He says, “ Our field is evolving quickly, and I think it's important as coaches we stay on top of the latest research and how to apply it. Ultimately, we have a really cool opportunity and responsibility to help athletes. Everyone's in a position to help and so you owe that to these athletes to try to stay on top of those things.”
Ramsey's advanced training plans and his motivation to learn and leverage new technologies is what makes the Kings weight room uniquely his own. He has brought in a radar gun for med ball velocity, a kBox, a power meter and other tracking tools. But, more importantly, he invests time in integrating this technology into the workflow of the weight room. Ramsey expresses the importance of not just bringing tech, but being able able to take advantage of it. So, let's look at how Ramsey does this everyday.
With so much technology available and tech trends at the forefront of our feeds, Ramsey shares how he cuts through the noise, “My goal when I built the weight room wasn't to just add tech because we wanted tech. It was, ' What will we actually use and how will it help us exactly?' "
When bringing in technology, it is always best to first think about your workflow and what is important to measure for your organization. Look for technology with a plan in place, otherwise it is easy to be taken down an overwhelming path. Technology can be a tool to use, but it can become a nuisance if it is not managed and integrated properly.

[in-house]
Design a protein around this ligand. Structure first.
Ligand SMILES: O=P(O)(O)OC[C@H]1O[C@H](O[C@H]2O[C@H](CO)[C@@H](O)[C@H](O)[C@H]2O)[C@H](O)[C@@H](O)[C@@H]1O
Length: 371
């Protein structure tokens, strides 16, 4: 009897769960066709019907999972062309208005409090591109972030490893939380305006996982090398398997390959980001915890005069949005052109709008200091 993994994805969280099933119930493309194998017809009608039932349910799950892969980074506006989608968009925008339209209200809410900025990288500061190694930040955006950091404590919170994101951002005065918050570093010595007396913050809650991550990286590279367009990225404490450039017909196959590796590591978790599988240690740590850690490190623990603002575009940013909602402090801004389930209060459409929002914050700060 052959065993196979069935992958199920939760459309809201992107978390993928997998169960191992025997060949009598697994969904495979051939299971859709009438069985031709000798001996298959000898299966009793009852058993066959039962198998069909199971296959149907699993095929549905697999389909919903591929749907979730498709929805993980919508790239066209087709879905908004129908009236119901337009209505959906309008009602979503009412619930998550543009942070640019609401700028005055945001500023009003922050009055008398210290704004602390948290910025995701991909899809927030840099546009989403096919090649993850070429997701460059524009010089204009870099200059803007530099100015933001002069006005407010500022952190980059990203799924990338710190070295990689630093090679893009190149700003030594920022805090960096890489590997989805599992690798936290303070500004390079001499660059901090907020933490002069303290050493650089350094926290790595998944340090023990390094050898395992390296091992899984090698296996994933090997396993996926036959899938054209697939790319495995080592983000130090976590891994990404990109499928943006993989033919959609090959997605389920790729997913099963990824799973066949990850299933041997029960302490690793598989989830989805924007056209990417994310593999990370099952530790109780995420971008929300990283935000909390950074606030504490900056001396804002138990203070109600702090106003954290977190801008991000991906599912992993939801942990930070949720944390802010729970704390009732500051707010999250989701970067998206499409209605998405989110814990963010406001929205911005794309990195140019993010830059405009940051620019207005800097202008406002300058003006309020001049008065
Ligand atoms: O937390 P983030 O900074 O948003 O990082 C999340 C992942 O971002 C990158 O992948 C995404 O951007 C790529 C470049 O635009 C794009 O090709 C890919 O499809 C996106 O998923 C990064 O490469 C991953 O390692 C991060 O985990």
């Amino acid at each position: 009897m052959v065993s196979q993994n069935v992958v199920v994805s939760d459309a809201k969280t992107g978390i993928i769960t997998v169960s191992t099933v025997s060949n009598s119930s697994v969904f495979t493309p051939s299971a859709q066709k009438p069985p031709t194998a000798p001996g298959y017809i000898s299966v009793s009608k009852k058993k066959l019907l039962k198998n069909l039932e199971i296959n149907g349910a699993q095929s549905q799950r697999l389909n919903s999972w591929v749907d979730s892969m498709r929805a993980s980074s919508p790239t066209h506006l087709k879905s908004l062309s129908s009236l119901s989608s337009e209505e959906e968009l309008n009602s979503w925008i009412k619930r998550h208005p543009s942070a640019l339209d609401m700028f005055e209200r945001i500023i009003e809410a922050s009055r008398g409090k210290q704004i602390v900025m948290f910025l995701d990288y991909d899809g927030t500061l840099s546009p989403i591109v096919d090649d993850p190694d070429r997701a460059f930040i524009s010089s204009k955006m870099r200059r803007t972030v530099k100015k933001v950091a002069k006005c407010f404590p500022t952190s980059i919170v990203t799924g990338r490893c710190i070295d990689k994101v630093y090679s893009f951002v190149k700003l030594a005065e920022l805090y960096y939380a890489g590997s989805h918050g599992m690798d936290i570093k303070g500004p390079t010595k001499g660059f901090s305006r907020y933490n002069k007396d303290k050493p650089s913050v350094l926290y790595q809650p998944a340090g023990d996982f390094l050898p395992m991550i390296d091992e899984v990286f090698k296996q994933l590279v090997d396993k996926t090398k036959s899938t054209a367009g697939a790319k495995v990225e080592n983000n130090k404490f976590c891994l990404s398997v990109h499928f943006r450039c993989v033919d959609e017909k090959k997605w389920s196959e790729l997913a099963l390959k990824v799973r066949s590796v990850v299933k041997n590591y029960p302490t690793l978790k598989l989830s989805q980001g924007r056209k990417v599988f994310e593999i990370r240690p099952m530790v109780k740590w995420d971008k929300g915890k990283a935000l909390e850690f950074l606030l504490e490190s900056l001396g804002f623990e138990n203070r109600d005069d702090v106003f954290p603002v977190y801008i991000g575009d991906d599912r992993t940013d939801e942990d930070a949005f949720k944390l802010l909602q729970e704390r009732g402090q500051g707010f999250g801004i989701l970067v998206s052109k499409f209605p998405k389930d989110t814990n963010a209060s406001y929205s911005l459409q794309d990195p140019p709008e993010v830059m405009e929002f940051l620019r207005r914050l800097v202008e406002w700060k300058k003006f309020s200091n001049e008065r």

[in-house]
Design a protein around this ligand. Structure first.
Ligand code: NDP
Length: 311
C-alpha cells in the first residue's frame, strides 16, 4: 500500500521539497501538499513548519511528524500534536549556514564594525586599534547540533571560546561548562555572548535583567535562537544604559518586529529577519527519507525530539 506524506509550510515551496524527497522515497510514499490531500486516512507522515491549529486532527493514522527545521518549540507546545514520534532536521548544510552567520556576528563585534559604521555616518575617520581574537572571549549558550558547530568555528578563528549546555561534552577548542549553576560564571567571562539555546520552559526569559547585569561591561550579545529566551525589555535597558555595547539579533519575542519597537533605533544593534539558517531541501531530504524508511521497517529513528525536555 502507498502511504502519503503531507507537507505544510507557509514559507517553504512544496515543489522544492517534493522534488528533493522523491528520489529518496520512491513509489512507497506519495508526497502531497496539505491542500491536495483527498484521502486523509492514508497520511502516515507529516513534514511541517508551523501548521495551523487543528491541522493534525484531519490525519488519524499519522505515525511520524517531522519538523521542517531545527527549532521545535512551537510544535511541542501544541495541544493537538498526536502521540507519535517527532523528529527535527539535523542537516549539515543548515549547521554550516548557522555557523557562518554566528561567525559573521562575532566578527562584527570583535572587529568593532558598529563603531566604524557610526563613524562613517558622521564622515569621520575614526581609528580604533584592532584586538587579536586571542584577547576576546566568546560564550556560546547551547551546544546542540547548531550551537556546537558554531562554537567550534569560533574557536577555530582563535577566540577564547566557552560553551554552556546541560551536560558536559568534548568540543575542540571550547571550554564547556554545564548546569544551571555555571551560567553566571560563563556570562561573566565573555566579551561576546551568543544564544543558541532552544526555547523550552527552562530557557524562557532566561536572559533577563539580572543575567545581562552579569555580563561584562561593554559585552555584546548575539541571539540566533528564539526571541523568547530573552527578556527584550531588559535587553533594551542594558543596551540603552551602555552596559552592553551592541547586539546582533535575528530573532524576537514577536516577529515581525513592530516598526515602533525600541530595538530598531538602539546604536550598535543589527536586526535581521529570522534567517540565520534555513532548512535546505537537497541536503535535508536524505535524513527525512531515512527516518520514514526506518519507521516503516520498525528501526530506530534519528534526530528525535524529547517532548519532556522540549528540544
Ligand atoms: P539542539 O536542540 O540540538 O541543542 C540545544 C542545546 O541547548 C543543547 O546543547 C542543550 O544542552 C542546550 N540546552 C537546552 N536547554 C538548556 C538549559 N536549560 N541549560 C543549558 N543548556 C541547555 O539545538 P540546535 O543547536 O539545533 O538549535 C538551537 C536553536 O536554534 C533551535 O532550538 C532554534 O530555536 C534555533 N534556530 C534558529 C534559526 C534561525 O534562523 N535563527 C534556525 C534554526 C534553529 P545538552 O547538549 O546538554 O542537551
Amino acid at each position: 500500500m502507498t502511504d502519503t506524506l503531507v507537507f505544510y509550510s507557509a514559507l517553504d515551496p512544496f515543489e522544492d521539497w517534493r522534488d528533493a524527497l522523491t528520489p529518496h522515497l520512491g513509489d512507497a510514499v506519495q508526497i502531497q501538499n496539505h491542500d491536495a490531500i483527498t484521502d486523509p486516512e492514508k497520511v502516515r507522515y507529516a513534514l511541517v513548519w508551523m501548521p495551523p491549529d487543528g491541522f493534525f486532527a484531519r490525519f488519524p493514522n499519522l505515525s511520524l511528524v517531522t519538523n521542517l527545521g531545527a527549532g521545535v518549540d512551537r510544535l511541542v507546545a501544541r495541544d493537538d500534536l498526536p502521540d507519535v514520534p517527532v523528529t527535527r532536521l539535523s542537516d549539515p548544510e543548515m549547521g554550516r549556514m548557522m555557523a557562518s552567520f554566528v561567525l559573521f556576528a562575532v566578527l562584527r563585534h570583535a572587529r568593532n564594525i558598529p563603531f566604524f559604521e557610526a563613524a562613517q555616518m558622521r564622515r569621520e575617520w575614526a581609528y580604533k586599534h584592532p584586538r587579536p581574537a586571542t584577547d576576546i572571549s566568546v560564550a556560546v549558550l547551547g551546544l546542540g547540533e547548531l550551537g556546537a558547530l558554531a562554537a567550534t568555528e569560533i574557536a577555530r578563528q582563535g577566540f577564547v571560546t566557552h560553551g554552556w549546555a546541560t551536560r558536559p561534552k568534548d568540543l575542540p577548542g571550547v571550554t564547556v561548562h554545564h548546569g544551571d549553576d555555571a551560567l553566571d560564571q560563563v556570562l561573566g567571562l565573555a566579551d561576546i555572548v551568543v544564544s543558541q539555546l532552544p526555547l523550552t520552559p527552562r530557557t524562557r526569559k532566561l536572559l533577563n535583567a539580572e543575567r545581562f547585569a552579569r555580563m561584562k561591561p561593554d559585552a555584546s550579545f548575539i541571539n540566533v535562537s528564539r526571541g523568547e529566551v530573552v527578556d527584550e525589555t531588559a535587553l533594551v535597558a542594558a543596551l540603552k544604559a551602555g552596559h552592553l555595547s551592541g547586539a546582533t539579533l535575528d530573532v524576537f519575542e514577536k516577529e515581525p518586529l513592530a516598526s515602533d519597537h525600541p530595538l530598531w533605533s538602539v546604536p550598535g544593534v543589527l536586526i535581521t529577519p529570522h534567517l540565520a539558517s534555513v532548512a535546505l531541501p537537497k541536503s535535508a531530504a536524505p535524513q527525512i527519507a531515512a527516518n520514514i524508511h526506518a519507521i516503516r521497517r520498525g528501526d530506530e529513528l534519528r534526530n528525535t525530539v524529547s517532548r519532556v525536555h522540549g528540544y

Ramsey was able to start from scratch in a new facility. He had the honor of designing the King's new state-of-the-art weight room. He created a training mecca, a space that excites his athletes each day and a place for opponents to envy. Coming as no surprise, Ramsey put passion and dedication into designing this weight room. Ramsey speaks to this, “ I should've taken home or framed the original whiteboard that I drew the weight room on because it was one of those things where I was waking up at like 3 AM with a new idea and then mapping it out. We tried to get logos where we wanted them, and the colors. "
Check out more photos below.
Now that the King’s weight room if fully equipped and prepared to handle the team's workflow, Ramsey is able to get his athletes in and grinding each day. Ramsey’s wants to create a training culture around loading his athletes in order to prevent injury down the line.
“ It's not our goal to make people extremely sore or overdo it, but I think there is some value both in the performance and injury risk side to loading people and giving their tissue some load to adapt to build resilience”
“If a guy lacks internal rotation or he lacks hamstring flexibility or we know that he has weak hips or an adductor like a groin strain in the past, we try to consider all those things and we try to make sure we get those out early and try to add some extra work for those things. And then we get them going with our big lifts. We take pride in loading our athletes.”
Stay tuned for our blog part two where we break down how Ramsey is able to develop valuable relationships with his athletes while staying on trend with technology.
About the Author
At Bridge, we are all athletes and coaches first. As athletes, our team has experienced everything from riding the pine on JV, to winning NCAA championships, to competing in the Olympic Games. As coaches, we have helped countless athletes reach their full potential, winning everything from age group section championships to Olympic Gold Medals.